Toronto youth campaign to resurrect a beloved arts program

Photo: Jeannine Pitas

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Young residents of Toronto's Jane and Finch community have spent the last two months engaged in a struggle to bring back the Palisades Media Arts Academy (PMAA), a music and media arts program for youth that was unexpectedly shut down on April 30. "Bring back what was once ours," read a sign at a youth-organized rally held on June 27 outside the San Romanoway Revitalization Association (SRRA), a community organization which houses the now-closed Youth 'N' Charge music studio, where the PMAA program ran for two years. During the rally several young people took to the microphone to raise their concerns.

"I moved to Toronto from Jamaica last September and spent the whole winter coming to the Palisades Media Arts Academy," stated Kris Gayle, a young jazz pianist who has participated in the program since landing in Canada. "Even when it was 16 degrees below zero outside, I always came to PMAA -- I felt like a fish in water. But then one day I was greeted by a sign on the door, changed locks and no information as to why the program had shut down. This is utmost disrespect, not only to me, but to all of the people who have been involved for the past two years."

This particular program, which was funded by a grant from the Trillium Foundation, provided free music and media arts classes for youth aged 14-29 in the Jane and Finch region, which is still one of Toronto's most stigmatized communities. "There are so many stereotypes about this neighbourhood," says Joel Kamalando, a 16-year-old rapper and spoken word poet. "But really, this is a vibrant community filled with singers and musicians -- ambitious, positive people who are learning to become future leaders. All we want is some communication about why this has happened."

According to Stephnie Payne, who is co-founder and executive director of the SRRA, the program -- which had been completely free and included a business component in which participants created and distributed their own albums -- closed for one simple reason: the funding ran out.

"We were awarded the grant from the Trillium Foundation in May 2011. The program was supposed to run for three years, and it did," said Payne. "Right now there is simply no funding," she added. 

The youth, however, have a different story.

"The funding was received in 2011, but the program didn't start until January 2012," said Kamalando, "I'm not sure how $344,500 just disappeared from the budget."

Payne, who retired from her position in April 2013, states that she came back to her job five months later after her replacement resigned and found that the records were disorganized. "It blows my mind that there was no accountability while I was away." She alluded to some conflicts among staff members and admitted that she did have to return some of the grant money (which had been earmarked for equipment costs) to the Trillium Foundation. "I informed the staff last January that the program would be closing in April because of a lack of funds, and I advised them to inform the youth."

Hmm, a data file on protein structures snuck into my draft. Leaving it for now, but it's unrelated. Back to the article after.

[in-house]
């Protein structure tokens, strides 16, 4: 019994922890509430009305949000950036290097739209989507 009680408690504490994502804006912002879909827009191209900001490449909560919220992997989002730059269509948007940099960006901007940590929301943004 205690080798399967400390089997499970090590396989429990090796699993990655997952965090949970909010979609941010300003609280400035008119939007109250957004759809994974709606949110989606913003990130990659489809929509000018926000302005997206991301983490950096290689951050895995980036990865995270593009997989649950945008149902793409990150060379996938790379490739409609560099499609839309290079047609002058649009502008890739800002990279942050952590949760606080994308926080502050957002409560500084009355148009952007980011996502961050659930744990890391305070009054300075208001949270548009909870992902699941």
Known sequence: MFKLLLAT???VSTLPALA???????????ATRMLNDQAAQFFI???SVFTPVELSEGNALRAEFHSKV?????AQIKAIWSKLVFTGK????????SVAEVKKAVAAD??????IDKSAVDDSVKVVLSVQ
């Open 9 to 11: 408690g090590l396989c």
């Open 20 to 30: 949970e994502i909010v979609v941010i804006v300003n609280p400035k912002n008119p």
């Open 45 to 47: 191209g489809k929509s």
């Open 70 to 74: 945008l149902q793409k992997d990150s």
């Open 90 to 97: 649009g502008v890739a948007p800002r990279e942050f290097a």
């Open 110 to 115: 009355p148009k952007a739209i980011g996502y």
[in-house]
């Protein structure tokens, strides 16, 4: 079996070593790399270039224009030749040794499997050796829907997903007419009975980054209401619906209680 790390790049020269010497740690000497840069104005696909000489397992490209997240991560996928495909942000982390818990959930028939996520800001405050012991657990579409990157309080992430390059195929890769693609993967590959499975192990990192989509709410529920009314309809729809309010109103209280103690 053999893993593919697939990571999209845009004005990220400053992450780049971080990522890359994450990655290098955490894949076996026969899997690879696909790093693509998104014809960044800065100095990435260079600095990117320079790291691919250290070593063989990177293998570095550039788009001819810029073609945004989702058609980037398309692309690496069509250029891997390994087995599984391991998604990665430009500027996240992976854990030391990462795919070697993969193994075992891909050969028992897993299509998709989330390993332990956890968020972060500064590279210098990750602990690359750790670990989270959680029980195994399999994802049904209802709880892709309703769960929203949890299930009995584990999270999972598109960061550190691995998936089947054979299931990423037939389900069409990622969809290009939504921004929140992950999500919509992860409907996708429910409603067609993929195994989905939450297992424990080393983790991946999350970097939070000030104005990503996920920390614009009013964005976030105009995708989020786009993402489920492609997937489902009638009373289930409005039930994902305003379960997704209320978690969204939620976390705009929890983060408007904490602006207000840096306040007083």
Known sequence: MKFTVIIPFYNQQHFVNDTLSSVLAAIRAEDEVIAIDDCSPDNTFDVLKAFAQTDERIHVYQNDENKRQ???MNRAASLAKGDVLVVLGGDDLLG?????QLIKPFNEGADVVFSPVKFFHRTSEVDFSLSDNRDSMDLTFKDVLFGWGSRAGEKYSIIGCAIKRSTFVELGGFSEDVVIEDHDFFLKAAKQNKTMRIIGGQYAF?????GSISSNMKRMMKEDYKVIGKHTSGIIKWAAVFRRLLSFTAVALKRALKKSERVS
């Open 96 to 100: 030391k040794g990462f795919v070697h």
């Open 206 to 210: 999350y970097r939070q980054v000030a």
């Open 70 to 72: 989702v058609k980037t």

However, the young people say they were not informed, and they have not found Payne to be forthcoming with an explanation.

"Our emails and phone calls have gone unanswered," states Kamalando. "At one point I was offered a meeting, but it was cancelled at the last minute. All we want is some communication and transparency."

The youth have launched an online petition to save the SRRA, asking for four things: dialogue and clarification as to why the program was closed after only two years of operation; a process to ensure that the mandate of Youth 'N' Charge is met, making it a "youth led, youth driven" initiative; an effort to bring back the Palisades Media Arts Academy program; and a youth seat on the Board of Directors of the San Romanoway Revitalization Association.

"Outreach is the main thing right now," says Kamalando. "We're going to hold more events, and we hope to get more support. And we hope to bring this program back. It was a second home for so many of us -- a place to learn life lessons from others. It also included a business component -- all participants emerged from the program with their own album and a good sense of how the music business works."

"PMAA gave me a second chance," states Steven Rafael Gómez Salguero, a spoken word artist known as Heavy Steve. After a car accident in 2006, he lost his speech and his ability to move. After a long recovery, he became involved in the arts and eventually in this program. "The arts gave me a second chance, but unfortunately, not everyone is so fortunate to have the kind of chance that PMAA provided."

Payne, meanwhile, says that she is currently seeking funding to reopen the Youth 'N' Charge studio. "I've worked with these youth for my whole life, and I will fight for them to have a safe haven," she says.  

The youth, however, are concerned as much with process as results, and their concerns have drawn notice from the surrounding community.  

"This kind of program is extremely important, and transparency is the most important aspect of it. It's not just about teaching music, but also responsibility and self control," said Errol Young, an activist from the Jane and Finch Action Against Poverty. "To teach self-control, you can't be controlling of others. We need to resist this top-down decision-making and get rid of the colonialist control over this community."

Jeannine M. Pitas is a freelance writer and a PhD candidate at University of Toronto's Centre for Comparative Literature.

You can support the initiative to save PMAA by signing the petition, visiting the website and connecting via Facebook.

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